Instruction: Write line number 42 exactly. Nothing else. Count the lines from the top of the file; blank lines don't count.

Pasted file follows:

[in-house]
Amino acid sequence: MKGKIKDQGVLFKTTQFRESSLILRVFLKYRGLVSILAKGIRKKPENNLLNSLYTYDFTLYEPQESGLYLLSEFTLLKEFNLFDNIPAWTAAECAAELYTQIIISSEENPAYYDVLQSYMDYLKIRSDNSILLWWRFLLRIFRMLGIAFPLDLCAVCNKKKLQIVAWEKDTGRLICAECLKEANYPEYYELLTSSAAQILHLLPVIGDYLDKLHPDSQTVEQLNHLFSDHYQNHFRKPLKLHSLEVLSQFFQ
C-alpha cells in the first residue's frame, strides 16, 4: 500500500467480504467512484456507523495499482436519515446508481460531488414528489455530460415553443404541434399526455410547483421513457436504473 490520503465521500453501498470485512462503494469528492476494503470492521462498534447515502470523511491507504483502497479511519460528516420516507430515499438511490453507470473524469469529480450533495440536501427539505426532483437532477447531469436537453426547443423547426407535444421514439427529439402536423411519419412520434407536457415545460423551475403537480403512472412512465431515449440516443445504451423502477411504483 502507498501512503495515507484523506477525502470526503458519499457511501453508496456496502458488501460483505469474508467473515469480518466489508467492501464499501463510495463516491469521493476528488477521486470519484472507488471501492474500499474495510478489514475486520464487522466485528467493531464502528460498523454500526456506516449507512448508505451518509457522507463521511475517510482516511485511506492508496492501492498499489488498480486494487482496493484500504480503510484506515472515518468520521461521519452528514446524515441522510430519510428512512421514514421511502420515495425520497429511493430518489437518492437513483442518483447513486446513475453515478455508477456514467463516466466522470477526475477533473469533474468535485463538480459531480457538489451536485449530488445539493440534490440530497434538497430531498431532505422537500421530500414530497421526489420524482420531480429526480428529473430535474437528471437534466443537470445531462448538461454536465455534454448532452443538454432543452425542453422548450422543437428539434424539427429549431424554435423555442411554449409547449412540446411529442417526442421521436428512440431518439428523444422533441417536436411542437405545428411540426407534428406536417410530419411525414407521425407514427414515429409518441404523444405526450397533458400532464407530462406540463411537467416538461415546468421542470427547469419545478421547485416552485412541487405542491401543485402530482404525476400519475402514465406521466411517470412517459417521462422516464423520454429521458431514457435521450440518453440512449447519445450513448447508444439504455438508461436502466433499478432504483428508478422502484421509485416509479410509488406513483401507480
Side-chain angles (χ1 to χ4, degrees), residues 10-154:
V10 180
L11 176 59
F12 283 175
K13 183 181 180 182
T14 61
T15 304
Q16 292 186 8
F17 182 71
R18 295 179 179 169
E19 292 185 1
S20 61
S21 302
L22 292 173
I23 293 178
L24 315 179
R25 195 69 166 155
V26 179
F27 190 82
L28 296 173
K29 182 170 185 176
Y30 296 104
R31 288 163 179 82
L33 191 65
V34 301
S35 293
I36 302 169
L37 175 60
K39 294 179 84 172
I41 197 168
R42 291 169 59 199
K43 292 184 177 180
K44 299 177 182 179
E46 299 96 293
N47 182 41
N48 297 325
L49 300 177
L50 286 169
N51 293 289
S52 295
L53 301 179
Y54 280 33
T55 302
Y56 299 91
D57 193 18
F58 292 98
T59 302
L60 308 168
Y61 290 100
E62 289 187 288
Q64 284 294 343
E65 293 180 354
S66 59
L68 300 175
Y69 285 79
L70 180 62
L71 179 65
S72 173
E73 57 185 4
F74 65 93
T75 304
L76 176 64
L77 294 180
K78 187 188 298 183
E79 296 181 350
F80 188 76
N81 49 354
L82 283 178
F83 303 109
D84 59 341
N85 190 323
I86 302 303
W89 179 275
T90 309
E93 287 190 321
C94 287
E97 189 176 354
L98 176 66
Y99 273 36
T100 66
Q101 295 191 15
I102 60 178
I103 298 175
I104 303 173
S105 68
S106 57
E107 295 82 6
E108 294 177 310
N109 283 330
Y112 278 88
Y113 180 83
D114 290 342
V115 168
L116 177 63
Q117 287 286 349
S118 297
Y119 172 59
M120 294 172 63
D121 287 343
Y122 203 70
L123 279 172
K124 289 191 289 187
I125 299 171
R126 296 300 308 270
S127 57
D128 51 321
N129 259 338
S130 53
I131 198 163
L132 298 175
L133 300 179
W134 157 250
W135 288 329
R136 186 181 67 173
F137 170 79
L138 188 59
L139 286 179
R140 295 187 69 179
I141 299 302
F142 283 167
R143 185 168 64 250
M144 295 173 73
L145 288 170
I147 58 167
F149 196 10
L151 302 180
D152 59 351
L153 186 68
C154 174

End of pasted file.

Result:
N51 293 289